She said some of them sell eggs and vegetables to neighboring communities. Community members work at the community agricultural project in turns and earn M 1200 per month, which they say goes a long way in ensuring that their family needs are met. Youths from the communities who have been unemployed for years are part of the project and are determined to ensure the project’s success, so that even after the tenure of the project they are able to continue on their own.
Taolane, who is a youth, says apart from vegetables, they have started an orchard and currently they have planted apples and peach trees whose fruits they hope to sell in the not-so-distant future. The communities also contributed M300 and bought eight chickens for each family as a start for chicken projects. The communities have for years been surviving on agriculture but due to severe weather conditions, they have been producing less and less.
Taolane said the first time they had a good harvest was after being capacitated on climate-smart agriculture which they implemented. She and her counterparts are grateful that IACOV and the Ministry of Forestry have introduced them to the climate-smart agriculture and attest that there is life in the soil. Speaking to this publication on the progress of the country and its efforts towards addressing the impacts of climate change and rehabilitating the land, the country’s meteorologist, ’Marealeboha ’Malehloa Jockey, said in 2017 they developed a climate change policy through which the country is guided on how it can tackle climate change impacts.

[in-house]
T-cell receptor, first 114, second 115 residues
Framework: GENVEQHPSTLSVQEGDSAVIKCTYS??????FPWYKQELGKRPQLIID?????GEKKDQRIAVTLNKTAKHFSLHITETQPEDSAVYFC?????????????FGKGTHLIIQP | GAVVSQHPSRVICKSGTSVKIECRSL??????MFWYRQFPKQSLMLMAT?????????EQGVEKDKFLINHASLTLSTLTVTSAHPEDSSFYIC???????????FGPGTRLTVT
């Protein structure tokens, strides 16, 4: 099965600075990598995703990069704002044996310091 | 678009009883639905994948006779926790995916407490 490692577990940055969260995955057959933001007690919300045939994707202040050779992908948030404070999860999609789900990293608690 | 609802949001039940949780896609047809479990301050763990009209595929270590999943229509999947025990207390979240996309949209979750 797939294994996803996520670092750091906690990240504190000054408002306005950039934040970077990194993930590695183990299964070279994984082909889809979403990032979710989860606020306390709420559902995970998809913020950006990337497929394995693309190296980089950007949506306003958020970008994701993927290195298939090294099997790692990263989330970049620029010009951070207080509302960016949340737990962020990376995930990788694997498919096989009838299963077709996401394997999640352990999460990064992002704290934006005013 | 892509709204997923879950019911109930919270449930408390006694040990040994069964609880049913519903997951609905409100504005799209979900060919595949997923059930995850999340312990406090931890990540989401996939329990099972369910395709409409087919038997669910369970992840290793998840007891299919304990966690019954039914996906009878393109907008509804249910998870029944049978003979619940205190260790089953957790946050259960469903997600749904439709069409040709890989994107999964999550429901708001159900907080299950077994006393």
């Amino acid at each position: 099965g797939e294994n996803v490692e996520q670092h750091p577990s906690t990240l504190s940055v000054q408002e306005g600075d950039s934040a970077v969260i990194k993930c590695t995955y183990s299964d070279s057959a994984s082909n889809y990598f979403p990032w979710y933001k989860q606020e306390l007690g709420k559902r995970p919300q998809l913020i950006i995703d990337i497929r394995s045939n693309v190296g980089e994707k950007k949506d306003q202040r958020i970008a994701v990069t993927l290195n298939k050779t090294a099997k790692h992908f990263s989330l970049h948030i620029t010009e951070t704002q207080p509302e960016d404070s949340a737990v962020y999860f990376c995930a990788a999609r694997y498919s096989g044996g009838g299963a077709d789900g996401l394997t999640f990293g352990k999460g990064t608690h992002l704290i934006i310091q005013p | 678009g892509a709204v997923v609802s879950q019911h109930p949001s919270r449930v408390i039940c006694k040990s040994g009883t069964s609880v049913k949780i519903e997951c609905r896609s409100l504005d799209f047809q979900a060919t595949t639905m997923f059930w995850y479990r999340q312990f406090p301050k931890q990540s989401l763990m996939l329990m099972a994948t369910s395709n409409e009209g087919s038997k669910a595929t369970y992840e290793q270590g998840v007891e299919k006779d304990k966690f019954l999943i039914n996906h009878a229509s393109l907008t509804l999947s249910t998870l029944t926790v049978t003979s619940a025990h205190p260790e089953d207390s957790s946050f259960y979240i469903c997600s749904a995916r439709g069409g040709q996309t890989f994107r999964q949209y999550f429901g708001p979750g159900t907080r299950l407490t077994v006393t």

The policy encompasses every sector and every role player that should participate in the fight against climate change. She said before the development of the policy, they developed the National Adaptation Programme of Action in 2007 to address the effects of climate change and identified 11 adaptation projects that they selected as immediate priority areas.
She said to date the document is their guiding tool in terms of climate change adaptation in Lesotho. She stated that projects that include Reducing Vulnerability from Climate Change (RVCC), Increasing Adaptive Capacity of Vulnerable and Food-insecure Populations in Lesotho (IACOV) and Early Warning Systems, to mention a few, are a result of the document.
“We are about to embark on the project called the National Adaptation Plan (NAP) which will focus on medium- and long-term planning. “When we developed the climate change policy, we also developed a strategic plan to implement the policy. The implementation strategy is a five-year plan which focuses on the short-term plans, while NAP will focus on the long-term plans way beyond 2030,” she said.
“We are going to use the National climate change policy implementation strategy to implement short-term plans. We are trying our best but obviously it is not good enough because climate change does not wait for us when we are implementing and putting our plans in action.”
“As we try to capacitate people and ensure their adaptation and resilience, damage still continues adding on the already available challenges. We cannot say we have managed to fully ensure that Basotho (Bantu peoples native to southern Africa) have adapted and are resilient to climate change impacts. We still have a long way to go,” she said.